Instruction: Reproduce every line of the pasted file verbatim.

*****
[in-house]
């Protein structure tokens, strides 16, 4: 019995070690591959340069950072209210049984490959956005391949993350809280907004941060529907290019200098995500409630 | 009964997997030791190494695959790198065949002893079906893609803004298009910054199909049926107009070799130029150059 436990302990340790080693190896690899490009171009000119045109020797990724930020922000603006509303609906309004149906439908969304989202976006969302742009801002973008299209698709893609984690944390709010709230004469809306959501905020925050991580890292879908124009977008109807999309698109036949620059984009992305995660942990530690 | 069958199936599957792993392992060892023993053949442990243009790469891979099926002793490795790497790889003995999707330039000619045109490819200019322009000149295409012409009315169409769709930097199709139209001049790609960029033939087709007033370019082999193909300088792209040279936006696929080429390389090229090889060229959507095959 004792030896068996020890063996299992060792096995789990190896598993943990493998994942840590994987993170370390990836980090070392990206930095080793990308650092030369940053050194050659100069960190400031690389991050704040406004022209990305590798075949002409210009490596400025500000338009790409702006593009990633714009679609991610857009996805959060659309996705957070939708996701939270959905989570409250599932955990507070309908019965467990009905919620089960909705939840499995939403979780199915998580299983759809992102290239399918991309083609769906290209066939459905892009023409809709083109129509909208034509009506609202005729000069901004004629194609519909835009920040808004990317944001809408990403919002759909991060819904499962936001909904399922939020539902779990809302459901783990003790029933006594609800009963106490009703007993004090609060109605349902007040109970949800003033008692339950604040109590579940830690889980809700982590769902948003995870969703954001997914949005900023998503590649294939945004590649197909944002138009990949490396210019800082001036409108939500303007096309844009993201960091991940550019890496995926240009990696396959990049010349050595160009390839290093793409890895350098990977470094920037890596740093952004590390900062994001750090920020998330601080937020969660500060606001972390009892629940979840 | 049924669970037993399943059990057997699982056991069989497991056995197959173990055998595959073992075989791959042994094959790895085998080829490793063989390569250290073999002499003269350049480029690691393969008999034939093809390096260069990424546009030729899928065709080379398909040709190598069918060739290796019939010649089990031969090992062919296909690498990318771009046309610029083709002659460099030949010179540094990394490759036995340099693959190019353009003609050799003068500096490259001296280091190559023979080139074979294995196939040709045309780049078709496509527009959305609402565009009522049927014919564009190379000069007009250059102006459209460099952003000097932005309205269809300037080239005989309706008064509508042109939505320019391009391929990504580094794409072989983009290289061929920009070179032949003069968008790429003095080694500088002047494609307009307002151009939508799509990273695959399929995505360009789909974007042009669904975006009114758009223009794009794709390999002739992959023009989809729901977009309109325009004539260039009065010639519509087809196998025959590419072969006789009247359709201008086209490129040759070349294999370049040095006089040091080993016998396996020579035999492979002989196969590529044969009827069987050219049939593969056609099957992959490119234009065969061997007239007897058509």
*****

[in-house]
């Protein structure tokens, strides 16, 4: 019995070690591959340069950072209210049984490959956005391949993350809280907004941060529907290019200098995500409630 | 009964997997030791190494695959790198065949002893079906893609803004298009910054199909049926107009070799130029150059 436990302990340790080693190896690899490009171009000119045109020797990724930020922000603006509303609906309004149906439908969304989202976006969302742009801002973008299209698709893609984690944390709010709230004469809306959501905020925050991580890292879908124009977008109807999309698109036949620059984009992305995660942990530690 | 069958199936599957792993392992060892023993053949442990243009790469891979099926002793490795790497790889003995999707330039000619045109490819200019322009000149295409012409009315169409769709930097199709139209001049790609960029033939087709007033370019082999193909300088792209040279936006696929080429390389090229090889060229959507095959 004792030896068996020890063996299992060792096995789990190896598993943990493998994942840590994987993170370390990836980090070392990206930095080793990308650092030369940053050194050659100069960190400031690389991050704040406004022209990305590798075949002409210009490596400025500000338009790409702006593009990633714009679609991610857009996805959060659309996705957070939708996701939270959905989570409250599932955990507070309908019965467990009905919620089960909705939840499995939403979780199915998580299983759809992102290239399918991309083609769906290209066939459905892009023409809709083109129509909208034509009506609202005729000069901004004629194609519909835009920040808004990317944001809408990403919002759909991060819904499962936001909904399922939020539902779990809302459901783990003790029933006594609800009963106490009703007993004090609060109605349902007040109970949800003033008692339950604040109590579940830690889980809700982590769902948003995870969703954001997914949005900023998503590649294939945004590649197909944002138009990949490396210019800082001036409108939500303007096309844009993201960091991940550019890496995926240009990696396959990049010349050595160009390839290093793409890895350098990977470094920037890596740093952004590390900062994001750090920020998330601080937020969660500060606001972390009892629940979840 | 049924669970037993399943059990057997699982056991069989497991056995197959173990055998595959073992075989791959042994094959790895085998080829490793063989390569250290073999002499003269350049480029690691393969008999034939093809390096260069990424546009030729899928065709080379398909040709190598069918060739290796019939010649089990031969090992062919296909690498990318771009046309610029083709002659460099030949010179540094990394490759036995340099693959190019353009003609050799003068500096490259001296280091190559023979080139074979294995196939040709045309780049078709496509527009959305609402565009009522049927014919564009190379000069007009250059102006459209460099952003000097932005309205269809300037080239005989309706008064509508042109939505320019391009391929990504580094794409072989983009290289061929920009070179032949003069968008790429003095080694500088002047494609307009307002151009939508799509990273695959399929995505360009789909974007042009669904975006009114758009223009794009794709390999002739992959023009989809729901977009309109325009004539260039009065010639519509087809196998025959590419072969006789009247359709201008086209490129040759070349294999370049040095006089040091080993016998396996020579035999492979002989196969590529044969009827069987050219049939593969056609099957992959490119234009065969061997007239007897058509």